I’m writing this column on a plane to Warsaw from Miami, where I’ll be attending, God willing, the 80th anniversary commemorations of the Warsaw Ghetto uprising. My principal reason for traveling to a city I’ve visited many times for Holocaust memory is my reverence for the memory of Mordechai Anielewicz.
Just 23 when he led one of the most courageous rebellions against tyranny in the history of the world, he fought SS General Jurgen Strupp — the hand-chosen leader of Heinrich Himmler — for three whole weeks, killing hundreds of SS, before finally blowing himself up, along with some 700 other doomed fighters, on May 8, 1943, in a Masada-like decision to choose death as free men over captivity at the hands of the Nazi monsters.
Three weeks. Doesn’t sound like much, does it? But consider that three weeks is how long it took for Hitler to conquer all of France, with its millions of soldiers. A few days is how long Belgium held out before capitulating. And Denmark surrendered in just a matter of hours.
The Warsaw Ghetto fighters had the most meager arms, just a couple of broken pistols and Molotov cocktails, with perhaps a single machine gun thrown into the mix. Arrayed against them was the full might of the strongest army on earth, complete with tanks and heavy artillery.
Before dying, Anielewicz, along with his Beitar counterpart Pawel Frankel, hoisted the Israeli and Polish flags over the ghetto. It was a stunning act of defiance, five years before Israel was even a state. Anielewicz had the means to flee Poland for Palestine, but he chose to stay behind to lead his young, inexperienced fighters against the Nazi beast. His name deserves to be ranked among the greatest Jewish heroes of all time, alongside Samson; David’s general, Yoav; Judah Maccabee; and Yoni Netanyahu.
Instead, his name is quickly being forgotten throughout the world. Yes, Israel has the kibbutz “Yad Mordechai,” built in his memory. But ask the average 20-something Israeli which Mordechai it refers to. They will in all likelihood have no clue. As far as American Jews are concerned, you’re about as likely to have young American Jews identify Mordechai Anielewicz as they are capable of translating hieroglyphs.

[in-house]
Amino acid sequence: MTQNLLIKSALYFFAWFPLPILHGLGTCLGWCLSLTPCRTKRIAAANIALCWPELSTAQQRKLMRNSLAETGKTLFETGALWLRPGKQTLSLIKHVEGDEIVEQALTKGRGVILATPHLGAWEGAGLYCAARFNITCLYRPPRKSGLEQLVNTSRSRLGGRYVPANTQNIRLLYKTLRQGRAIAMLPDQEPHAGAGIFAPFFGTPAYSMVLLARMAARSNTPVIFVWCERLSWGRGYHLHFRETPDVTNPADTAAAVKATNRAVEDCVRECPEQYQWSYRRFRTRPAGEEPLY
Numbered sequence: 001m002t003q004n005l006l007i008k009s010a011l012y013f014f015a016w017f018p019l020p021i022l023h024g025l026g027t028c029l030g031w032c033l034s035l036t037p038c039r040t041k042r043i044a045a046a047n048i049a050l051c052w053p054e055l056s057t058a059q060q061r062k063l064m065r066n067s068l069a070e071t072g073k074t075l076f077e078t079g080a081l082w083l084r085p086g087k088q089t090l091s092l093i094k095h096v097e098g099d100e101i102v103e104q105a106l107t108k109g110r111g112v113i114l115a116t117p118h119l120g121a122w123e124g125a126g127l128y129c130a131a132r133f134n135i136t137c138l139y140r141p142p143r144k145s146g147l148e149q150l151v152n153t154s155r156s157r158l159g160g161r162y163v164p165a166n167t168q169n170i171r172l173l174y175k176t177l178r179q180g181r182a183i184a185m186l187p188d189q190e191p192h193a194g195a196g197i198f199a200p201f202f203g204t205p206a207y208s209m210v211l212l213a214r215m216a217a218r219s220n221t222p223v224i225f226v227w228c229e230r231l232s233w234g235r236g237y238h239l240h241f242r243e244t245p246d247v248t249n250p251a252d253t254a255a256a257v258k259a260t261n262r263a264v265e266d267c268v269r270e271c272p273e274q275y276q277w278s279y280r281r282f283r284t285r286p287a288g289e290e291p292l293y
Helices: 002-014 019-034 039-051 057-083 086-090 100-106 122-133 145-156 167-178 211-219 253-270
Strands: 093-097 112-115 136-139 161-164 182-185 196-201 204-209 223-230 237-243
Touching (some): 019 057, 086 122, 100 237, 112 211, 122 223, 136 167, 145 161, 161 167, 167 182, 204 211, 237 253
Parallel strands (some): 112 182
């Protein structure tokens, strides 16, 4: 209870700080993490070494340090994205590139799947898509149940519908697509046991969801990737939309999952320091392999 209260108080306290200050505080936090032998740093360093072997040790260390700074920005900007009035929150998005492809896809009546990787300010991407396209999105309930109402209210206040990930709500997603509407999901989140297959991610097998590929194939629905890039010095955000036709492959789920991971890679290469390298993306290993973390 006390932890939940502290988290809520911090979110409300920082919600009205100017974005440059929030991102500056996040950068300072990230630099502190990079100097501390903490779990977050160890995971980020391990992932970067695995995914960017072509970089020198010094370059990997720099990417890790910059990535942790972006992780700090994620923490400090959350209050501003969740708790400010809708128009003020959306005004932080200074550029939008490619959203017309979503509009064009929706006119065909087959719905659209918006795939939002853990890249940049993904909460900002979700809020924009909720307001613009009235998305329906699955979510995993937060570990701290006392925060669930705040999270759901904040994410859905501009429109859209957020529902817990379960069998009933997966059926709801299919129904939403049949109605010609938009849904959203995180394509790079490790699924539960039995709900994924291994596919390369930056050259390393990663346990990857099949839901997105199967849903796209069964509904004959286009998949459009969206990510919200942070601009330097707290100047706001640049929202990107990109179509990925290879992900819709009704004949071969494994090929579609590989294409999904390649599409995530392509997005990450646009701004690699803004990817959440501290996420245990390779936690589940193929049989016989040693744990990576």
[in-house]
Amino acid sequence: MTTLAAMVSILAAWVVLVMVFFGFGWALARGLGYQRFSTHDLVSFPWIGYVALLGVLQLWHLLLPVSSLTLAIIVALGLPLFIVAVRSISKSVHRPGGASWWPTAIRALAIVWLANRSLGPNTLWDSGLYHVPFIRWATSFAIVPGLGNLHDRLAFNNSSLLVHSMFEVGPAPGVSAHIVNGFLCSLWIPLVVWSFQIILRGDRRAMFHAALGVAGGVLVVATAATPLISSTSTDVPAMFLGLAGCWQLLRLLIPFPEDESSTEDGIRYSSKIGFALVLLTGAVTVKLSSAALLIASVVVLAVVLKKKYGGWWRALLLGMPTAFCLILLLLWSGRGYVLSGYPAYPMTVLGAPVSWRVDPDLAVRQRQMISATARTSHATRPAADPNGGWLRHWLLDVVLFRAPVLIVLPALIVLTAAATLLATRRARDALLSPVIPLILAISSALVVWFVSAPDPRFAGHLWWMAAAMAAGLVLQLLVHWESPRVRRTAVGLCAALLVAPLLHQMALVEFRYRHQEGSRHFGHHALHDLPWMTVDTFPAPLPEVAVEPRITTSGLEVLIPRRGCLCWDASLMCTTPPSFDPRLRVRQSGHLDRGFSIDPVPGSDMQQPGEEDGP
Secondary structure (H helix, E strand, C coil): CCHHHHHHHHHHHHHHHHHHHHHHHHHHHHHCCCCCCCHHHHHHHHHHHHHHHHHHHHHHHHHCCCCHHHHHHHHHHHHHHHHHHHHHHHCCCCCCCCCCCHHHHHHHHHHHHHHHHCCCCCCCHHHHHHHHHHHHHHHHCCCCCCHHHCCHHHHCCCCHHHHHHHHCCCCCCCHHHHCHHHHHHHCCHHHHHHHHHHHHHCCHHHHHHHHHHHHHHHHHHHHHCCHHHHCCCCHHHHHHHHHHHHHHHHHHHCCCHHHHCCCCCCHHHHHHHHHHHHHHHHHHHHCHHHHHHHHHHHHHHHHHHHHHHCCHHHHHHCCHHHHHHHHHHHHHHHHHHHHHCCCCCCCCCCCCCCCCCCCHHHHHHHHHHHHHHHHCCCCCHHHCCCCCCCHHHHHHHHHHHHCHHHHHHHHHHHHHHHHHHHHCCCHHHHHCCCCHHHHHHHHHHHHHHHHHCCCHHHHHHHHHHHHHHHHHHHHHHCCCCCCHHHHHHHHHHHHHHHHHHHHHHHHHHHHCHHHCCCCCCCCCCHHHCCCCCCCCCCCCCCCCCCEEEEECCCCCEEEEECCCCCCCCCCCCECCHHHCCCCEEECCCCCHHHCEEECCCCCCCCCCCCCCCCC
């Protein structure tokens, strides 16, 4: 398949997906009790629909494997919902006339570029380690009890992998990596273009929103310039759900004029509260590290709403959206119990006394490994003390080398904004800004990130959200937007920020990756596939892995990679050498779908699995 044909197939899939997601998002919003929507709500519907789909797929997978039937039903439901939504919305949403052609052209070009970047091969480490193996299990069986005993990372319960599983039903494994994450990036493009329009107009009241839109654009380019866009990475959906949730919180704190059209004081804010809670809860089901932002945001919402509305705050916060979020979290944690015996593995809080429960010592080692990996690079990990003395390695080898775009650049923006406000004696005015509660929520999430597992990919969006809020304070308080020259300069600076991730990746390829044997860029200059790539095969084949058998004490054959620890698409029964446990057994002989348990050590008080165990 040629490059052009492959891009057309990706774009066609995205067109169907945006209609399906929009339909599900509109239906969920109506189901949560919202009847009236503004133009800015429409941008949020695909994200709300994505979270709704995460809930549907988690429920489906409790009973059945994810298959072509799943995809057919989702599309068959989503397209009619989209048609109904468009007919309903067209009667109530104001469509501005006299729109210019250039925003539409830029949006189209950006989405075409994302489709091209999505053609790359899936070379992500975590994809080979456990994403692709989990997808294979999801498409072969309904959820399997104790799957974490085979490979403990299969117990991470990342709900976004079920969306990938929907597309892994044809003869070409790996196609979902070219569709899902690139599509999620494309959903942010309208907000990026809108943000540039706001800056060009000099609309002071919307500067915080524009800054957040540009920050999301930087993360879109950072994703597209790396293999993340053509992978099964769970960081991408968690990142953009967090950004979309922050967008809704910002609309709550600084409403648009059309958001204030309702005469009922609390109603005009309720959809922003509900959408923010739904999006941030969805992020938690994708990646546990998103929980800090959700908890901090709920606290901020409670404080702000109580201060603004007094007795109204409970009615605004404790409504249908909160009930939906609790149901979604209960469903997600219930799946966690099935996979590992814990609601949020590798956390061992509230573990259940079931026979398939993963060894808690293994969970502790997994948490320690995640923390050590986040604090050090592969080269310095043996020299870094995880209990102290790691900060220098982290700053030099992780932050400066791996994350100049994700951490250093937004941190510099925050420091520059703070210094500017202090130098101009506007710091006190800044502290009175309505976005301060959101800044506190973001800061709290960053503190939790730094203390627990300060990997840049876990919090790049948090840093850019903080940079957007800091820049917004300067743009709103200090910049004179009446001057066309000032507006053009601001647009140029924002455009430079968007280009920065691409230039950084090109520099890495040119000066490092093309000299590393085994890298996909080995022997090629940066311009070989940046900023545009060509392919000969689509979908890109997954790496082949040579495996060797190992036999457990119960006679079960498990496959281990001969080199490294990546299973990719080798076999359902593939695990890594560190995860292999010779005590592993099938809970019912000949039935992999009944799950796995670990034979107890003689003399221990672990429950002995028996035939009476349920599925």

Believe me. I tried this out.
When last month our organization, the World Values Network, was, to my knowledge, the only major American Jewish organization to organize a large-scale commemoration for the 80th anniversary of the uprising, I made hundreds of calls to friends to attend. Those 50 and over had a basic idea of whom Anielewicz was. Those younger were clueless.
As the Holocaust recedes from memory, antisemitism continues to rise in a directly proportional algorithm. The more the world forgets the Holocaust, the more it begins to hate the Jews again. And why? Because the world is forgetting where all this Jew-hatred ends. It’s not benign. It’s not neutral. And it’s not ok.
Rather, it’s deadly, barbaric, and ultimately genocidal.
Last week Time magazine listed, as part of its 100 Most Influential People in the World grouping, first, Bella Hadid, Hollywood’s most vocal antisemite, whose infamous blood libel of Israel as a state that “encourages genocide” is as vile as it is fraudulent. Next, there is Sherry Rehman, who said, “Impunity and Israel are interchangeable.” Finally, we get Gustavo Petro, who said that Israel is “like the Nazis.”
Ask yourself if in the first four decades following the Holocaust, the world’s most influential magazine would have dared list any of these antisemites.
But hating Jews is no longer stigmatized. It’s mainstream.